Forget Scandinavia - no countries have really achieved equality for women in work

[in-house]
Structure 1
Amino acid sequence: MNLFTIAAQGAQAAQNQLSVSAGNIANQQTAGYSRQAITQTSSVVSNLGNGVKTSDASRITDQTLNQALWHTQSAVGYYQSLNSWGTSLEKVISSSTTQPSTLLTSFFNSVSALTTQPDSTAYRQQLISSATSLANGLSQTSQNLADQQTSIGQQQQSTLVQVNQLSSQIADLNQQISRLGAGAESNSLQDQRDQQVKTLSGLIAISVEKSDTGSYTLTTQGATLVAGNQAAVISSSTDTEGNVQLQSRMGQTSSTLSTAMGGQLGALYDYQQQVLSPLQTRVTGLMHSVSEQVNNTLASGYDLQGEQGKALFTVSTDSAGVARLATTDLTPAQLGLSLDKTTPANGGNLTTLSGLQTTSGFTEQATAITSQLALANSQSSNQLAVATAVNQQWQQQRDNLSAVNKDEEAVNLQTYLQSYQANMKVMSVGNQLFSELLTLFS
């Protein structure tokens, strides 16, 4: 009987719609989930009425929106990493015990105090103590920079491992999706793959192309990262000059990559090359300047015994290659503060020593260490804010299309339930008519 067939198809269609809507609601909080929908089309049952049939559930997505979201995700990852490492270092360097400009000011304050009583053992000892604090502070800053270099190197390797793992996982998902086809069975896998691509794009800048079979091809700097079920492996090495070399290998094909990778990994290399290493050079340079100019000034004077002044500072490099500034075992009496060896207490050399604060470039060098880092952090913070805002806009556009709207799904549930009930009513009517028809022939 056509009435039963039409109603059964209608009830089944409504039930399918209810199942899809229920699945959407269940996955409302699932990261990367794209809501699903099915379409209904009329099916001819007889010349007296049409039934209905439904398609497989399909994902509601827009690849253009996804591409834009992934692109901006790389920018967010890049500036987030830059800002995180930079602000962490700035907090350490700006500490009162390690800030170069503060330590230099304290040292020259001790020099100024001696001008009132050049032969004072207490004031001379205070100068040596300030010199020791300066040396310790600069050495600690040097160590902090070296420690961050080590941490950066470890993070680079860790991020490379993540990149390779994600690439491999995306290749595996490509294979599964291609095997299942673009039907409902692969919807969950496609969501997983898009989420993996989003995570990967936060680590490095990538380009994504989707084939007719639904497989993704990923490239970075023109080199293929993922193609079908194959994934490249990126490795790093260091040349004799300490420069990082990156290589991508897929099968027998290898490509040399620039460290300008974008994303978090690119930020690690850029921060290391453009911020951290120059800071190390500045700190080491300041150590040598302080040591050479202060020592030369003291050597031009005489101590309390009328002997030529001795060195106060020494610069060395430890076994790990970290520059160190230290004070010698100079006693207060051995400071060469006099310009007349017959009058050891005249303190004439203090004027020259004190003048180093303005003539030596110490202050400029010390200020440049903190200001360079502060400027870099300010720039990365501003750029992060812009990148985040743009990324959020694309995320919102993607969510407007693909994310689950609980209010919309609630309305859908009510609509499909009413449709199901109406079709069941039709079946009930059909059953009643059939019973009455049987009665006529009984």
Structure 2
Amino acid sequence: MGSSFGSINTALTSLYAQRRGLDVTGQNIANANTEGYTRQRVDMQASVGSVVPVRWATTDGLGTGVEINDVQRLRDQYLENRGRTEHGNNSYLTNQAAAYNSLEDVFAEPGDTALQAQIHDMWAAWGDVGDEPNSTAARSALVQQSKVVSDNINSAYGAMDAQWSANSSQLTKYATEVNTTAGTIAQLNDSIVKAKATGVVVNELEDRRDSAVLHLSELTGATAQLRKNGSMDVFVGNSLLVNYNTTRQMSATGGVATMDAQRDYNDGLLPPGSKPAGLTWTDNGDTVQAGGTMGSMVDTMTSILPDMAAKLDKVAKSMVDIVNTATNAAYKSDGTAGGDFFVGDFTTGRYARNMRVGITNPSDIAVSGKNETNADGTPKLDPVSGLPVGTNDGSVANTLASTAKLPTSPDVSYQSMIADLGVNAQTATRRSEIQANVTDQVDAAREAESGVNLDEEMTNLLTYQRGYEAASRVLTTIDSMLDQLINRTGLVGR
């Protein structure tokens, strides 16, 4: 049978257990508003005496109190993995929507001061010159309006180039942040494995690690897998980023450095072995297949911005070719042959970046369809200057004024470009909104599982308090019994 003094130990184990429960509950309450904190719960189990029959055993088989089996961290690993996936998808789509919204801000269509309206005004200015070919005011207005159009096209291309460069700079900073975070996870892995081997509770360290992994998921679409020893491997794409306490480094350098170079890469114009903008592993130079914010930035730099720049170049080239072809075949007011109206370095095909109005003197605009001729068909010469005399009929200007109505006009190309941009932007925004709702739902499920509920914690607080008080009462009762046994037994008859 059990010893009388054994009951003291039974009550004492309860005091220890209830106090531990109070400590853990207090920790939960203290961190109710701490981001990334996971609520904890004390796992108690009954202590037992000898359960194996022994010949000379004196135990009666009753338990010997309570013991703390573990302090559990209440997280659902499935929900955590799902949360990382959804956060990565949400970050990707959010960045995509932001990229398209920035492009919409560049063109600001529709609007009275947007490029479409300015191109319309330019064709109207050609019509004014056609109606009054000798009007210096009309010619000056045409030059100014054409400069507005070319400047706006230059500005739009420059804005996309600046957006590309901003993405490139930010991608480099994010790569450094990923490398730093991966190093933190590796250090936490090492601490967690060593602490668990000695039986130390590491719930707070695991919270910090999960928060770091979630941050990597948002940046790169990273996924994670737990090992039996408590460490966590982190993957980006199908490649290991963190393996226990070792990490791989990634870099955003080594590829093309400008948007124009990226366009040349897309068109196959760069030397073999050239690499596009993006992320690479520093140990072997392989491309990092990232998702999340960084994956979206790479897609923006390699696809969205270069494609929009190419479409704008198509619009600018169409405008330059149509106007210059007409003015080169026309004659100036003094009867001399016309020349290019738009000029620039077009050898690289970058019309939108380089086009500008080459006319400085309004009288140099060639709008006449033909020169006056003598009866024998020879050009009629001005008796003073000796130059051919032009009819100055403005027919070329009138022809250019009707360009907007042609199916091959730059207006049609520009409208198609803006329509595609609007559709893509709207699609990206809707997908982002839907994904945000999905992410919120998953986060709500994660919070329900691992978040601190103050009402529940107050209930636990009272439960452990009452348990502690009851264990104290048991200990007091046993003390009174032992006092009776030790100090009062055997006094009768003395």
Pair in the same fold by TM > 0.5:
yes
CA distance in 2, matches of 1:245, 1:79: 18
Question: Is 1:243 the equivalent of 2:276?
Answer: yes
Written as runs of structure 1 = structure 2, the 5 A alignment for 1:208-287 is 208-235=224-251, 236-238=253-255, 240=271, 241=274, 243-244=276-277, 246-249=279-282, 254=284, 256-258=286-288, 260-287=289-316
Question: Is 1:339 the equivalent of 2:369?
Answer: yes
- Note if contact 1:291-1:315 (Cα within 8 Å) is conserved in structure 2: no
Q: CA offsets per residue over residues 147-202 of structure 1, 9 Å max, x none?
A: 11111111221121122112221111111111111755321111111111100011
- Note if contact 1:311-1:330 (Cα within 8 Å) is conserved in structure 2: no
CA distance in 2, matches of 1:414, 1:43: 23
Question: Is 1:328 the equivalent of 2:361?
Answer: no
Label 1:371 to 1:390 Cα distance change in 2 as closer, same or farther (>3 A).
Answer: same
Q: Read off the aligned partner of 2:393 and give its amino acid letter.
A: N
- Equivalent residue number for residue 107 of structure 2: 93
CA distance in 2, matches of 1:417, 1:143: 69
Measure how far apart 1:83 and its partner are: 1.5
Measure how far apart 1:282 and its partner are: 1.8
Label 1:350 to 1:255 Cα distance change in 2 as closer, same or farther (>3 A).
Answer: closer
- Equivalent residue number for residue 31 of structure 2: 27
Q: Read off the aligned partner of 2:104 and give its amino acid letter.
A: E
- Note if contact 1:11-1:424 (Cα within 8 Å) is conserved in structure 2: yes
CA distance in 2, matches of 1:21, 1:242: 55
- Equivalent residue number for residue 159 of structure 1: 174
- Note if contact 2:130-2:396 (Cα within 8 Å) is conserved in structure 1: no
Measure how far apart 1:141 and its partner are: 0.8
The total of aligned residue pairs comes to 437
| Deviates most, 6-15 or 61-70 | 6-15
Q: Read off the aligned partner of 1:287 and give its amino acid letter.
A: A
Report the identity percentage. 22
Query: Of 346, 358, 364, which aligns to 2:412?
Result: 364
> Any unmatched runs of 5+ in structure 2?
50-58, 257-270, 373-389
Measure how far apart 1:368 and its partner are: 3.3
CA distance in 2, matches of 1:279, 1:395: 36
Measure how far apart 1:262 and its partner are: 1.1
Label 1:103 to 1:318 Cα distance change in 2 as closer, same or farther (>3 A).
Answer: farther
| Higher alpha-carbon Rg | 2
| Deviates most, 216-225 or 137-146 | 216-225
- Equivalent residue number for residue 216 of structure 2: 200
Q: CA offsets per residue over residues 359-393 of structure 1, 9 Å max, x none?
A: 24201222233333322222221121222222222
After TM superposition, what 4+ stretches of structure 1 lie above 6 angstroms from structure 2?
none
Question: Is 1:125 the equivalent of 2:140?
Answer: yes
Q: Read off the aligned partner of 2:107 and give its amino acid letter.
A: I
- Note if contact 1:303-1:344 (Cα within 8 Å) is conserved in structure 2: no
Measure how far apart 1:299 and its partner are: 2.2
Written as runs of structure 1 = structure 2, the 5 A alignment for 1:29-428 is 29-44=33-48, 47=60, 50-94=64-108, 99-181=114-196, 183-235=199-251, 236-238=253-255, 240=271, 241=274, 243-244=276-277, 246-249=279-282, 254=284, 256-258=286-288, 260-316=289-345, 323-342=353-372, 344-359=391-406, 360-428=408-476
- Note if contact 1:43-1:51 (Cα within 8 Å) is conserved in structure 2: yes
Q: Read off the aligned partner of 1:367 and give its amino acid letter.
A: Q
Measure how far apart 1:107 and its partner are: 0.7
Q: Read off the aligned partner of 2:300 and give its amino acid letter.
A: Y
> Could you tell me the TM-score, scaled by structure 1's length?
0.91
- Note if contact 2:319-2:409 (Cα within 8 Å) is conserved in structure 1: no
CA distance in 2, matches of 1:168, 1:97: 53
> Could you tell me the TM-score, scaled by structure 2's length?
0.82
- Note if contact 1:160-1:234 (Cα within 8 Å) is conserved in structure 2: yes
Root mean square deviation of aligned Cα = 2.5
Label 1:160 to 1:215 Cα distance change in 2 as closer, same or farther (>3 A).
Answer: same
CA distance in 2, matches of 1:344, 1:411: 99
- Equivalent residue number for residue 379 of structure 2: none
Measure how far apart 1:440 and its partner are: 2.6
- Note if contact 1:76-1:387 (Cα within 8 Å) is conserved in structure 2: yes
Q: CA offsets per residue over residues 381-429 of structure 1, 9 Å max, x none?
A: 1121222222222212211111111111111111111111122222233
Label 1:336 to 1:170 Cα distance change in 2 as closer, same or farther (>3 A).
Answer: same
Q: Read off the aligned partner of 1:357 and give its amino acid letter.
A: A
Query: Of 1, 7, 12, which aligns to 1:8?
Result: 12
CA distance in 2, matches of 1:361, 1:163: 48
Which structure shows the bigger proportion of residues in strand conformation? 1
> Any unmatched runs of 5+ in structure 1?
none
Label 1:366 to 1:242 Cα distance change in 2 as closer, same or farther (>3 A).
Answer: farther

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If you look at the OECD’s study about which is the best country to work, the one that made it into the first place is none other than Switzerland. However, 2015 research from the World Economic Forum (WEF) on gender equality, Switzerland is in the top ten, in eighth place - but only ranked 47th out of 143 countries for ‘Wage Equality for similar work’. It was also only ranked 50th in terms of the number of female legislators, senior officials, and managers, diving it into a 17th place in terms of economic participation and opportunities offered to women. As such, which countries do in fact offer the best professional opportunities for women? Let’s consider the gender pay gap. Here is the painful truth: the average gender wage gap in 2012 in the European Union was 16.4%. According to the OECD, the United Kingdom is doing worse than this, with a 17.48% gap in 2014. The best European countries are Belgium and Luxembourg, both of which have a gap of 6.5% - unfortunately, they offer women less opportunities in managerial and political positions. Norway, being the second best country in terms of gender equality and following Switzerland in the OECD’s study, is just beyond these two with a 7% percent gap. Indeed the other countries in the top four for gender equality are not doing well in terms of the gender pay gap, with the leading country Iceland having a 14.08% gap, second placed Sweden a 15.13% gap, and finally Finland a 18.73% gap. Not what anyone would could equal.
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